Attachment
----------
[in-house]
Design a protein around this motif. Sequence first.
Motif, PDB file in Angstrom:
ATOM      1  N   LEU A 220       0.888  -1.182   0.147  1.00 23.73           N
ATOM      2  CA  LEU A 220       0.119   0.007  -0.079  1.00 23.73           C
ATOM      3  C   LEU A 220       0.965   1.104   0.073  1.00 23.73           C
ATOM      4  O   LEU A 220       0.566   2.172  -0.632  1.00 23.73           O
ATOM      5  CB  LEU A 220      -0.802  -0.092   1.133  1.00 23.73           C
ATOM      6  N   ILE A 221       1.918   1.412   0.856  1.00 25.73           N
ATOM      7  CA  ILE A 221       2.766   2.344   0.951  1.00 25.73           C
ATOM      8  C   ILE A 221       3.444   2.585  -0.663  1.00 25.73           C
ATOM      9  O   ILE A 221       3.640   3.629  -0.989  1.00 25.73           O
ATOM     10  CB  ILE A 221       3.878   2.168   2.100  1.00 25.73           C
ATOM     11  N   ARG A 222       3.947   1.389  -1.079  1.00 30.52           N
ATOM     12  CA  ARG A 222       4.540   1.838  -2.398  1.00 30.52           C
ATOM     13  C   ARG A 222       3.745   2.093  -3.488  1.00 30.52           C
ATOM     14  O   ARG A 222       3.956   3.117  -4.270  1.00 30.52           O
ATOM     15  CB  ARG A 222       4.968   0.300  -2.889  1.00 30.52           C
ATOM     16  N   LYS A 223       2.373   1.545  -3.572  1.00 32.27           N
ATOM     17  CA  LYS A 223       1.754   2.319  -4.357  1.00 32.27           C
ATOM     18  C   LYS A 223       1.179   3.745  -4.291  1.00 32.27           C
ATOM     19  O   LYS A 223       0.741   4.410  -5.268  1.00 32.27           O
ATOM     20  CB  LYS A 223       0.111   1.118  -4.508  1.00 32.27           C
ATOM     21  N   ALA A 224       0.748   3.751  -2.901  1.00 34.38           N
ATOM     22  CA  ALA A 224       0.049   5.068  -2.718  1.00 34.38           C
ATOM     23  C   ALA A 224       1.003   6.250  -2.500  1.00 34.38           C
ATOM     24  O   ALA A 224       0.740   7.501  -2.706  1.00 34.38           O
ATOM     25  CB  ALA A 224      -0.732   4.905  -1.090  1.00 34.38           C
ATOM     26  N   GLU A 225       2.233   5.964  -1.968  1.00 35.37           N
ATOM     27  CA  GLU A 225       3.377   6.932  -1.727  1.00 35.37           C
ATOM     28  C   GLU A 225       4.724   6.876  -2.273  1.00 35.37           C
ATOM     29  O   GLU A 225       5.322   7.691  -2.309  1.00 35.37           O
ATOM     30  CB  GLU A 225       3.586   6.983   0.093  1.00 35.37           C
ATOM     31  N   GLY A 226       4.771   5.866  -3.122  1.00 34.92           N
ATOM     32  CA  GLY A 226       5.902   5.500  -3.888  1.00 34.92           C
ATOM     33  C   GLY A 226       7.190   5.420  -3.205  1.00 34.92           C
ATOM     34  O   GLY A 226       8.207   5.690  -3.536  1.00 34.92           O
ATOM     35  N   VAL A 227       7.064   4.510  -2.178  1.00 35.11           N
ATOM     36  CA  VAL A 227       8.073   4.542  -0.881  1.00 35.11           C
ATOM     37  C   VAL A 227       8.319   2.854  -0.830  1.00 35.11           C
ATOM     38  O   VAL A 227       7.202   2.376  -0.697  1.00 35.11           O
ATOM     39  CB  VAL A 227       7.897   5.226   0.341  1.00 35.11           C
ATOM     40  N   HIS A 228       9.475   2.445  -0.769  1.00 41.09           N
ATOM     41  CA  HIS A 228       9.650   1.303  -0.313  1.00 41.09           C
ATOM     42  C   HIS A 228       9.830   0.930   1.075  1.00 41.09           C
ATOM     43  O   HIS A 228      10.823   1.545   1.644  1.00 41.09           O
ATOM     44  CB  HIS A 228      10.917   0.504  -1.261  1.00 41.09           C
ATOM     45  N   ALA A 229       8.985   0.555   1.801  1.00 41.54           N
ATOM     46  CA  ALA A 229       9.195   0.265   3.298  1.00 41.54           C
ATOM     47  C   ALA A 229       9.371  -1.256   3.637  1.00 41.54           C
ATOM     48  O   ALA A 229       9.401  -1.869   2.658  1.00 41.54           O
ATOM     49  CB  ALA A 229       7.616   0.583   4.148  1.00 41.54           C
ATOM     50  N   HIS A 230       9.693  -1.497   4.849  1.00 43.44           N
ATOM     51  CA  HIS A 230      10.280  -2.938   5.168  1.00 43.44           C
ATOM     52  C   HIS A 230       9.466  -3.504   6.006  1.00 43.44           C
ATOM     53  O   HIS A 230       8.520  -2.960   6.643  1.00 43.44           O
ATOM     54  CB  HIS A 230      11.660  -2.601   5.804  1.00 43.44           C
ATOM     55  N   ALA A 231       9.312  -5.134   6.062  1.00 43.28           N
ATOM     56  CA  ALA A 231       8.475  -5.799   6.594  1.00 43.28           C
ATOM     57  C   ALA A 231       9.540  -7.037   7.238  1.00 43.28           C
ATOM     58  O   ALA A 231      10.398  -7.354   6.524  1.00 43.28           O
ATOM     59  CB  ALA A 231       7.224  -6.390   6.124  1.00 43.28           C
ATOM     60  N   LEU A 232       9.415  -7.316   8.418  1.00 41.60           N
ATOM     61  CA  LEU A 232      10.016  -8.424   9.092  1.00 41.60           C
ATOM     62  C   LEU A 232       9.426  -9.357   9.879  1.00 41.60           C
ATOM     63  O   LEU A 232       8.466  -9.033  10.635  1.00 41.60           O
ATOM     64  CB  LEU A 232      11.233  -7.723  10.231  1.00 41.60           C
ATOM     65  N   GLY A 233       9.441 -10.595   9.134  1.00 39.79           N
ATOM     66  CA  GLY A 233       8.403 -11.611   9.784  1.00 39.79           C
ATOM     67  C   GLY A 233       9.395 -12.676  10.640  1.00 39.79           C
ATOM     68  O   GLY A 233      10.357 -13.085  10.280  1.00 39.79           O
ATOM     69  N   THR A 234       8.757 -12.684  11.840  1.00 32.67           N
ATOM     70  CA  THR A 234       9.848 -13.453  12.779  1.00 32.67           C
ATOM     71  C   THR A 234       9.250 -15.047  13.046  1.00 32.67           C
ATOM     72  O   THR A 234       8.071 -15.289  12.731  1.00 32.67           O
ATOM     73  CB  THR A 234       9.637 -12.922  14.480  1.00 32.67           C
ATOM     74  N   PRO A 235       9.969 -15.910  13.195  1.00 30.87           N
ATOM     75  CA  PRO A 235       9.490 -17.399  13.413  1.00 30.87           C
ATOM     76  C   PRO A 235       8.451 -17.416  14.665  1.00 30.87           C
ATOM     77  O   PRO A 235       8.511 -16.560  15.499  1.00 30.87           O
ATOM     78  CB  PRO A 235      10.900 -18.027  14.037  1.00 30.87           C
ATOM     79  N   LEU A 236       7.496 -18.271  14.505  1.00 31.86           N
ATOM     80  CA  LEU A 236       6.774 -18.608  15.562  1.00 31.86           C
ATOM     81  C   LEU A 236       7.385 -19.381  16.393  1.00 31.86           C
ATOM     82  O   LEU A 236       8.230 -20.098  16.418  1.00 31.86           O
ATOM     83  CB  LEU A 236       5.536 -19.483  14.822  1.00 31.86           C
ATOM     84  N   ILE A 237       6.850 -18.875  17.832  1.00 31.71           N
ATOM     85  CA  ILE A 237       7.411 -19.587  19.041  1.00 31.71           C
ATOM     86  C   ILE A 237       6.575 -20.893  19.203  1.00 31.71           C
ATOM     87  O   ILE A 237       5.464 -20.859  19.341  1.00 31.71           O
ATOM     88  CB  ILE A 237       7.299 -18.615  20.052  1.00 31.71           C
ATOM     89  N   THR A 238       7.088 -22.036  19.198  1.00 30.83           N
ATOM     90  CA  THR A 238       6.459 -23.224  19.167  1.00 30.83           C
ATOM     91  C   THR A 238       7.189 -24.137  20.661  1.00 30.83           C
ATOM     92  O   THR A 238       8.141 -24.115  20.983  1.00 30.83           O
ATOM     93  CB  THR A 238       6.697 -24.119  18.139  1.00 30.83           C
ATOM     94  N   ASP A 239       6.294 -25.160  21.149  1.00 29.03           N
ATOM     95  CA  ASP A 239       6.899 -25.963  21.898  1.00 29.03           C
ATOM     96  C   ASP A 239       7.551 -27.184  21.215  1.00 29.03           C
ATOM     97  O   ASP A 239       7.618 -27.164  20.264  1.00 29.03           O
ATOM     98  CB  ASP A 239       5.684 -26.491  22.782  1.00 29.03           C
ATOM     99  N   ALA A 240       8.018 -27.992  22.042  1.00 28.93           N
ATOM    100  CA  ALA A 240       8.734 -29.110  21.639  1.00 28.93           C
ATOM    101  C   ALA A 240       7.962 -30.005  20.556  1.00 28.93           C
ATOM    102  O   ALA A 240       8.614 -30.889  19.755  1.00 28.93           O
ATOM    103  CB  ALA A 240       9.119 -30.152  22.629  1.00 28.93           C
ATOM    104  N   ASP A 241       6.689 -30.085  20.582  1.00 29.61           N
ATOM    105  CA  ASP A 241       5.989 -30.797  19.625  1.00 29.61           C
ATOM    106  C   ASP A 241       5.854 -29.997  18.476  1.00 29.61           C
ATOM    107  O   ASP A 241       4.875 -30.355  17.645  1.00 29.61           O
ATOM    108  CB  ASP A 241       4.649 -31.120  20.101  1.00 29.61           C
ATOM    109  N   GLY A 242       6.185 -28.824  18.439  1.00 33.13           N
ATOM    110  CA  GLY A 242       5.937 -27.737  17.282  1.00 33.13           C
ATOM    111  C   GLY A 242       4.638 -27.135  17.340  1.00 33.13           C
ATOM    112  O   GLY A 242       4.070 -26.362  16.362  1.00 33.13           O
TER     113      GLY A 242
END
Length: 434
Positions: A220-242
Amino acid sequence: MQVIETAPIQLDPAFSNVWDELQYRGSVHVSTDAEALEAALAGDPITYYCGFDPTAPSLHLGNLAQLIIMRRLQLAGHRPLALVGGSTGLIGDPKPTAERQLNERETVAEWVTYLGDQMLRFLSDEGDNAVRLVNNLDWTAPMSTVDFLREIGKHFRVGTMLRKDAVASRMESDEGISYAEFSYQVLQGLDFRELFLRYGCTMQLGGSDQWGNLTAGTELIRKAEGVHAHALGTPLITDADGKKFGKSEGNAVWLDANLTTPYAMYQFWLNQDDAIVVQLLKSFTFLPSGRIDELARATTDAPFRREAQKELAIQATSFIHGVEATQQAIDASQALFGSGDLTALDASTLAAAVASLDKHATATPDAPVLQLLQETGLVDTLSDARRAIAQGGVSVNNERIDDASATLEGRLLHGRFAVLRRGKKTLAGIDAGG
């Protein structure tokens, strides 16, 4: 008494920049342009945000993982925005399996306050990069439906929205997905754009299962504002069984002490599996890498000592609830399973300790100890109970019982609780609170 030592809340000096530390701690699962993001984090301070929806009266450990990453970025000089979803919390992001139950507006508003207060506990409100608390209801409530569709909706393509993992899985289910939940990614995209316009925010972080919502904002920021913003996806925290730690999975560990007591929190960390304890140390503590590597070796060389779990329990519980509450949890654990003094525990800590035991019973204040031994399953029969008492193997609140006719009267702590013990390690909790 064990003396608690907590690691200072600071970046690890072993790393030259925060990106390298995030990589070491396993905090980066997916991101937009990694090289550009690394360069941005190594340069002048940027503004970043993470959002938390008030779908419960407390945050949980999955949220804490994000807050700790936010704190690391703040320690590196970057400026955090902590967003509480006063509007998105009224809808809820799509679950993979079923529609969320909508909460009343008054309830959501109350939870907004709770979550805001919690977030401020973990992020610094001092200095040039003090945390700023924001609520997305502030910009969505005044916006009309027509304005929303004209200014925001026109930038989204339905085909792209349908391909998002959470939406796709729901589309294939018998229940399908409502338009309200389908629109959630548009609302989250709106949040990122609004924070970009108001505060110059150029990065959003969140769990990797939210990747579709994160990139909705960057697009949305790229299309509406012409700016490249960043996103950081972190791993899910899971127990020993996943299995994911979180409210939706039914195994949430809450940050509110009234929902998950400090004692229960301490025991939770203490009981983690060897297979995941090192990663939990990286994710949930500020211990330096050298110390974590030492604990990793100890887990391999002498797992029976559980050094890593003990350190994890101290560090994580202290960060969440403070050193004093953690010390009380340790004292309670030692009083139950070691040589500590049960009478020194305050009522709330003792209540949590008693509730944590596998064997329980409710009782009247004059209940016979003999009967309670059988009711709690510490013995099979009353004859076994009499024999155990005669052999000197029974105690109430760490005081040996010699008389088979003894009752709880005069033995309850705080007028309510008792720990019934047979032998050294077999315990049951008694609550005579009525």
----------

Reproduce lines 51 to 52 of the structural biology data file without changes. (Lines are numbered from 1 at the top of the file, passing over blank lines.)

ATOM     48  O   ALA A 229       9.401  -1.869   2.658  1.00 41.54           O
ATOM     49  CB  ALA A 229       7.616   0.583   4.148  1.00 41.54           C